The current study found that in comparison with nonexpansion states, there was a statistically significant increase in the proportion of hospitalizations covered by Medicaid (∼34 000 admissions) and a reduction in the proportion of uninsured/self-paying hospitalizations (∼14 000 admissions) in expansion states. The findings also showed that Medicaid expansion was associated with a statistically significant reduction in the proportions of ACSC hospitalizations for chronic conditions (∼2900 hospitalizations) and specifically for diabetes short-term complications (∼1400 hospitalizations annually). However, there were no changes in the proportions of hospitalizations for other ACSCs including uncontrolled diabetes and acute composite conditions associated with Medicaid expansion.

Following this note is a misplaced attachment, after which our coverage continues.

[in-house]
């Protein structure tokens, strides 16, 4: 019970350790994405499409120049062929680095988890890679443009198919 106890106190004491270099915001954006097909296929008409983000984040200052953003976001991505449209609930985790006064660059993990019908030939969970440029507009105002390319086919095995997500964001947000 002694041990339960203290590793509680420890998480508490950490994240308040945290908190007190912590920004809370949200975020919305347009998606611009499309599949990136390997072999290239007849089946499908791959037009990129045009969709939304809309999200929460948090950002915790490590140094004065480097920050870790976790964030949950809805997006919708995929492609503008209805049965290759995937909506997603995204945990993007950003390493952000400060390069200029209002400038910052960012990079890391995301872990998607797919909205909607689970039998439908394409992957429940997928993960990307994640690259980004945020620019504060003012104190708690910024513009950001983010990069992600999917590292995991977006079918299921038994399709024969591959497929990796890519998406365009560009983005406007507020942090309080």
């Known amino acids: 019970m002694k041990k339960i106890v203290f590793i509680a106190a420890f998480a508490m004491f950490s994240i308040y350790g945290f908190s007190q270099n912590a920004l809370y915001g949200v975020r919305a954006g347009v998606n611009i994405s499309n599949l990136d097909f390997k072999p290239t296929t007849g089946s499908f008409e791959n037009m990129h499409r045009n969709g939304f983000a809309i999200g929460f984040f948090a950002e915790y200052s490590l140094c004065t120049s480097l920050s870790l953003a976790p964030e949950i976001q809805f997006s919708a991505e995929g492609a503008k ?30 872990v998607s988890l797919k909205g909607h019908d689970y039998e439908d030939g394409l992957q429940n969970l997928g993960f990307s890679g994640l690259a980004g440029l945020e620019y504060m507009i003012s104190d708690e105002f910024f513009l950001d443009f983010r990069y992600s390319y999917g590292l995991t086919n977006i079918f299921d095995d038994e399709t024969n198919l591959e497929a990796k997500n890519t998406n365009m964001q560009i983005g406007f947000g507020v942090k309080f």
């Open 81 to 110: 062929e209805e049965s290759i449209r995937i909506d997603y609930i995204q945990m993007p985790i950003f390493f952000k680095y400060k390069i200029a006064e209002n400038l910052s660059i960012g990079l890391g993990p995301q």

The findings of this study are consistent with those of prior studies on the effects of Medicaid coverage among adults with diabetes. Lack of insurance and disruptions in Medicaid coverage are associated with poor glycemic control among individuals with diabetes and higher rates of hospitalizations for ACSCs (Bindman et al., 2008; Zhang et al., 2012). Medicaid expansion has been associated with increased access to care, increased rates of diabetes diagnoses, and increased use of diabetes medications, although not with receiving American Diabetes Association–defined clinical diabetes care services (glycated hemoglobin tests twice yearly, annual eye examination, annual foot examination, and annual influenza shot) (American Diabetes Association, 2017; Baicker et al., 2013; Luo et al., 2018; Miller & Wherry, 2017; Sommers et al., 2012). Compared with no medical insurance, Medicaid coverage was associated with having at least one annual ambulatory care visit; however, Medicaid coverage was not associated with diabetes awareness or control (Christopher et al., 2016). These studies and ours suggest that, overall, Medicaid expansion has an important impact on increased access to care and potentially a reduction in avoidable hospitalizations among nonelderly adults with diabetes. Moreover, Medicaid expansion may improve outcomes in other chronic diseases as indicated by the significant impact we found for the composite ACSCs, which included diabetes complications as well as heart failure, hypertension, COPD, and asthma. In other studies, Medicaid expansion was associated with a reduction in the proportions of hospitalizations for major cardiovascular events in expansion states compared with nonexpansion states (Akhabue et al., 2018) and a reduction in 1-year mortality among patients with end-stage renal disease who initiated dialysis (Swaminathan et al., 2018).